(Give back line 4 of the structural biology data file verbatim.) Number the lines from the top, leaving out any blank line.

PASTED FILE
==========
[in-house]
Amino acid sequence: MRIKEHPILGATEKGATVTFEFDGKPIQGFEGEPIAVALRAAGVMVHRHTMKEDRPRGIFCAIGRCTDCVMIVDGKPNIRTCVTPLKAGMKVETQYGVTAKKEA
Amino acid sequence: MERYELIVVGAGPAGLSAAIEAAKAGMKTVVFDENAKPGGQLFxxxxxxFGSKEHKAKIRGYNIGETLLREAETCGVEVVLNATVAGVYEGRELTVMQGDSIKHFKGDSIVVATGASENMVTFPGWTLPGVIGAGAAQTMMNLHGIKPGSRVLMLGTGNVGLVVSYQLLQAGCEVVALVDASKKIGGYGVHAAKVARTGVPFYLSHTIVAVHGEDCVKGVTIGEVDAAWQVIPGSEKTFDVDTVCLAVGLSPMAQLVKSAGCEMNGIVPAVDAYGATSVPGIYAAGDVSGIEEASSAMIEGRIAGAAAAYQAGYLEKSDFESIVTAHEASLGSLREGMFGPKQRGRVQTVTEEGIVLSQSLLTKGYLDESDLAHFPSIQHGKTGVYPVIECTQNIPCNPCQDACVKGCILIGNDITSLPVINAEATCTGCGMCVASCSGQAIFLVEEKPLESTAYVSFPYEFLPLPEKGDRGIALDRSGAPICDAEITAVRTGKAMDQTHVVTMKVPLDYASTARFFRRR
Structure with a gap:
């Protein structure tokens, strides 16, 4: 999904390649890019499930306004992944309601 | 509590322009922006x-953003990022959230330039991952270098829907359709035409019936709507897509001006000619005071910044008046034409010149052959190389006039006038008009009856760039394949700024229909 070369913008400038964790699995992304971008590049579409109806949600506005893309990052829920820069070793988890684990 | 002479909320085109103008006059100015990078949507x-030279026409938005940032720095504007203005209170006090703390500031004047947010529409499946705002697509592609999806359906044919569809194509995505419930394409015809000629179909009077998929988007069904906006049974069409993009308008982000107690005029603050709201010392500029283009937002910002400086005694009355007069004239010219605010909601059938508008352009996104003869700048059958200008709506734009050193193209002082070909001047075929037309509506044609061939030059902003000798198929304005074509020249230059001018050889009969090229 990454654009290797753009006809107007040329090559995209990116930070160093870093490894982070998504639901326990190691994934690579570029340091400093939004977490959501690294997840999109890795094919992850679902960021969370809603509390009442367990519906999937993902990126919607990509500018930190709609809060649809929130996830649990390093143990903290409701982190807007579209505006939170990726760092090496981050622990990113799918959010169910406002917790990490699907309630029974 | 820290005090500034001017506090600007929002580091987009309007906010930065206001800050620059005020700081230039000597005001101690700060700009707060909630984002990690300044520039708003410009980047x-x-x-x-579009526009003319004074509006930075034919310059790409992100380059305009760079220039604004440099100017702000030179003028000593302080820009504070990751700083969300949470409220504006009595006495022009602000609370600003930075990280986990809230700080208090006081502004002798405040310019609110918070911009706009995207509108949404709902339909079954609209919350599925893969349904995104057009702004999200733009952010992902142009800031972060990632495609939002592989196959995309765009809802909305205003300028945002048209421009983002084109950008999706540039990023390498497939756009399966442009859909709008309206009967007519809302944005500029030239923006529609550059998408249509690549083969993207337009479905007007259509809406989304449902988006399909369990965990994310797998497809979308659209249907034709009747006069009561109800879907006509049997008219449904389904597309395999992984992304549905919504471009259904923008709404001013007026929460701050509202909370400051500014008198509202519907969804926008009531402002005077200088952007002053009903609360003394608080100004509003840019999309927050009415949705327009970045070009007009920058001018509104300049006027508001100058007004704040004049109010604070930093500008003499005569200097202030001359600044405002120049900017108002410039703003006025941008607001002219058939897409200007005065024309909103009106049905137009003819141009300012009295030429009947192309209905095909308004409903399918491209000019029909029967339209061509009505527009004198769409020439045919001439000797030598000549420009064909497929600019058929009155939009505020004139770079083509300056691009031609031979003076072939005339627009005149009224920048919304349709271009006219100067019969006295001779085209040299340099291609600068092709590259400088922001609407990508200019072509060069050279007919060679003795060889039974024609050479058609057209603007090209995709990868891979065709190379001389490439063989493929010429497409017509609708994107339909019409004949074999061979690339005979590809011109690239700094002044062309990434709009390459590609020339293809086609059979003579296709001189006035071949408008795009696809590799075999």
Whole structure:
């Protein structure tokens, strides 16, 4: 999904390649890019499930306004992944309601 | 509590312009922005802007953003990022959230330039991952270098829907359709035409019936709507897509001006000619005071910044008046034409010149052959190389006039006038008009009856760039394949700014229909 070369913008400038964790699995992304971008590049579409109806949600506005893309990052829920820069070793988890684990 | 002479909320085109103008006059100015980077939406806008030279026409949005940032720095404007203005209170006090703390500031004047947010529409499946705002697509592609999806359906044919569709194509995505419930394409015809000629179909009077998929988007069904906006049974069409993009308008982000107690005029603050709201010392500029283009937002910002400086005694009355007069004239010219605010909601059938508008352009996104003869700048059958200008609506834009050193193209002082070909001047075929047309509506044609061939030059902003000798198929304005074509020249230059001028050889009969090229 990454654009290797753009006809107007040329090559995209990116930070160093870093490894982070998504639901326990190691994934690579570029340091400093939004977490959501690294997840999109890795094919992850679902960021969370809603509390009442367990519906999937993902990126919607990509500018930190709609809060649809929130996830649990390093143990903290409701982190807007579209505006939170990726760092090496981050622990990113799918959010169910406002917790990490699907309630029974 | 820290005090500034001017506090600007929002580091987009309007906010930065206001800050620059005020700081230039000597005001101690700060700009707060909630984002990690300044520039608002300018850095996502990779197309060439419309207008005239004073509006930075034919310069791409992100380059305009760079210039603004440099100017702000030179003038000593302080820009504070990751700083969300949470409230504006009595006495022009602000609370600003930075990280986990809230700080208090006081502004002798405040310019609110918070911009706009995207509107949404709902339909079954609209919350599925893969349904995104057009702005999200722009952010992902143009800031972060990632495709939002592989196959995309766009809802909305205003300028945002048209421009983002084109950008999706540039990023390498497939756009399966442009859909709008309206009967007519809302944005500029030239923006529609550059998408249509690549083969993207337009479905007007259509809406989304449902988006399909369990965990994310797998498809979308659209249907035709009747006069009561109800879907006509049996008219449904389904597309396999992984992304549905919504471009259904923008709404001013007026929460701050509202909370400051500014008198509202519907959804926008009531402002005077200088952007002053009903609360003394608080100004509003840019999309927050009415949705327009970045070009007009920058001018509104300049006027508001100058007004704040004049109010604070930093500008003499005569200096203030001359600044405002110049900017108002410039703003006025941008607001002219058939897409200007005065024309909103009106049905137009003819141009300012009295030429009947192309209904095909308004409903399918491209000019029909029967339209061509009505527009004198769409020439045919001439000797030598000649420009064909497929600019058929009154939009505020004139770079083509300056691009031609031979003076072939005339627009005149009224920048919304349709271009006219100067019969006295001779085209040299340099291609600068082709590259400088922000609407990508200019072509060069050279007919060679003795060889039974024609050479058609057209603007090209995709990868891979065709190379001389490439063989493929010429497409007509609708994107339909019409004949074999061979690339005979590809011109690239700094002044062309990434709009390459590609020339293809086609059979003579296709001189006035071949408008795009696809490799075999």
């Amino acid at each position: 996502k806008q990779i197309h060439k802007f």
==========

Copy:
Structure with a gap: